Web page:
Make sure to have with you the phone number and address of the nearest emergency animal clinic in case a trip to the emergency room is in order. It’s recommended to also have the ASPCA Animal Poison Control hotline (888) 426-4435 programmed into your cell phone.

Hot Surfaces

Because we wear shoes, we may tend to forget about how hot outdoor hard surfaces can get during the summer. Our pets don’t have that luxury. Extremely painful burnt, blistered and bleeding paw pads can be avoided by making sure to walk your dog on grassy areas instead. Also try going on walks early in the morning or late in the evening when the sun is not so strong.

Check the pavement for heat by placing your hand on the pavement for 7 seconds. If it is too hot for you to keep hand on it, then it is too hot for your pet. If you can’t avoid the hot pavement, there are boots you can purchase for your pup to help protect them from the scorching ground (and beneficial in winter as well for cold, ice and salt!). If your dog resists to wearing paw apparel, you can also purchase creams or waxes that you can apply to your dog or cat’s paw pads to protect them from sand, hot pavement, and in the winter- ice and salt. It’s what dog mushers use to keep their dog’s protected and running at full speed during those long, dog sled races. Be sure to check the ingredients for the creams and/or waxes to be sure they are safe for your furry friend.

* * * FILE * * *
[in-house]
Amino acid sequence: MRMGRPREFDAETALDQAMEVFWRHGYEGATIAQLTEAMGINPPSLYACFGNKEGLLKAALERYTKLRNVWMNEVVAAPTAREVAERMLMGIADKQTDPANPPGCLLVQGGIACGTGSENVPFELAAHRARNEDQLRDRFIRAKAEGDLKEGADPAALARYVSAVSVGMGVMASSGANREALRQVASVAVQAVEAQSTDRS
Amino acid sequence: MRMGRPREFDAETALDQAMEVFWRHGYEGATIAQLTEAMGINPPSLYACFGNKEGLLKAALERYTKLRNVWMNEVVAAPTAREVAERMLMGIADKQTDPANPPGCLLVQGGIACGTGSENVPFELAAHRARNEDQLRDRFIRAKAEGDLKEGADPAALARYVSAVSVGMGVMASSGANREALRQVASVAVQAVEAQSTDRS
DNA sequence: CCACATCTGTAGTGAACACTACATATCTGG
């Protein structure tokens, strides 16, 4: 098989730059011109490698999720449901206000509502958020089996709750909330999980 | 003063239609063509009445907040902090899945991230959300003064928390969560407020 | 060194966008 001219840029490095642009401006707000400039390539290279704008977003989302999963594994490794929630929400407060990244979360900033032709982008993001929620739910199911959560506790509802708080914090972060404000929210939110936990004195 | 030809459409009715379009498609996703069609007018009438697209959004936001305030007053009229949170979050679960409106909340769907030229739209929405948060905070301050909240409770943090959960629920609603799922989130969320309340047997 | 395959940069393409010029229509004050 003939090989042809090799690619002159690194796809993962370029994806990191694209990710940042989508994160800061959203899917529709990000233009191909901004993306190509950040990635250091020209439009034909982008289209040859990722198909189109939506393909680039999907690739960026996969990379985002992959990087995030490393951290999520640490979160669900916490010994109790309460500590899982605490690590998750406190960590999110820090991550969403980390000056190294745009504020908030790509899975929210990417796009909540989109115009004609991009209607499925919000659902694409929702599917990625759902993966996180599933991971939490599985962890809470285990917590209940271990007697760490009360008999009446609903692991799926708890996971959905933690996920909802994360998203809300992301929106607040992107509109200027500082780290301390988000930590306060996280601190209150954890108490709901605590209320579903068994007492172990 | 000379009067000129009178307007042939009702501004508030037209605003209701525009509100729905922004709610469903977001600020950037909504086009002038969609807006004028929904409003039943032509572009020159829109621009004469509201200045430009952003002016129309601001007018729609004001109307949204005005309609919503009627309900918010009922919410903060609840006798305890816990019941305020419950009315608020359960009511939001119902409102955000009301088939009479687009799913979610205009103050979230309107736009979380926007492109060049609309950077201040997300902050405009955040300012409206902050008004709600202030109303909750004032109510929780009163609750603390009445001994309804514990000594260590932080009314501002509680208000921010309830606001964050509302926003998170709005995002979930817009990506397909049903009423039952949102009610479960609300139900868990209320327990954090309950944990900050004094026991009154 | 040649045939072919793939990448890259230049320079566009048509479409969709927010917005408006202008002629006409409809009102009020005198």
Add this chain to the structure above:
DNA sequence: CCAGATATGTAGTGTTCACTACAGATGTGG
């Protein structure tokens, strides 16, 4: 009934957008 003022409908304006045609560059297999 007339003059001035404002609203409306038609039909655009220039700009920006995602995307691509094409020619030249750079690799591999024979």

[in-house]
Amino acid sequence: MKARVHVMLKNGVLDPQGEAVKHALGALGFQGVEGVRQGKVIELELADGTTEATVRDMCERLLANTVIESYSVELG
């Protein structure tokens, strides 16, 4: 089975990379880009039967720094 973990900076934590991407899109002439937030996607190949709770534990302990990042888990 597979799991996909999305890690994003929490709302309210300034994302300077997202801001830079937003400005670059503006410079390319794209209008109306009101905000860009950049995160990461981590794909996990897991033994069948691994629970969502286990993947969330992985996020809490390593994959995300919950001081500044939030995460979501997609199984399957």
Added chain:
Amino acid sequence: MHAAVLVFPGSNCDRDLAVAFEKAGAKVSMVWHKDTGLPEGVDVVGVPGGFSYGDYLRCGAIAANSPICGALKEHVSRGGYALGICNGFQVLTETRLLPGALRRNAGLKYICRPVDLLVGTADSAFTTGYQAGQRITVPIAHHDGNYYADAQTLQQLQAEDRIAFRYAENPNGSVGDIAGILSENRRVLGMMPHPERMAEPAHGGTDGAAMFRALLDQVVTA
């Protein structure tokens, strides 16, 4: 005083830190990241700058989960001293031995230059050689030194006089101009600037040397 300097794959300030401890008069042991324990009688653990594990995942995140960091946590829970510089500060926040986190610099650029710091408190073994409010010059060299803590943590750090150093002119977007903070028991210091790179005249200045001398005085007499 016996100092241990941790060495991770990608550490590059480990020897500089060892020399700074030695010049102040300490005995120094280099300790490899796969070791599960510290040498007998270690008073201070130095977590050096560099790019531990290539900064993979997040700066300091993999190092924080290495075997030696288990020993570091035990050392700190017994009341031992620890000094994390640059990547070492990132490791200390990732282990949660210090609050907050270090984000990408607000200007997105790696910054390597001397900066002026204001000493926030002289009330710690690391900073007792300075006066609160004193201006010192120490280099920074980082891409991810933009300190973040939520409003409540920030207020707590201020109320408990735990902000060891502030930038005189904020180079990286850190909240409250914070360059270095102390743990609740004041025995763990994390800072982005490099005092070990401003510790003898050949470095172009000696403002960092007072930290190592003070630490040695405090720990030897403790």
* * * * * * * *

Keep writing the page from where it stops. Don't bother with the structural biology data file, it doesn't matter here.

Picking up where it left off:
Sun Safety

A dog sunscreen nose balm is recommended for dog’s with lighter colored noses to prevent them from getting burnt. Some lighter colored dogs and hairless dogs also benefit from dog friendly sunscreen (never put human sunscreen on your dog because it’s poisonous if they ingest it from licking it!). However, some dogs will still lick off dog friendly sunscreen, so rather than lathering it over your dog’s entire body, you could consider investing in protective clothing. Several companies make sun shirts or suits for dogs that cover large areas of their bodies, saving you the worry that your pup will lick off any sunscreen, and it also protects against mosquitoes and other insect pests. 

Drinking Water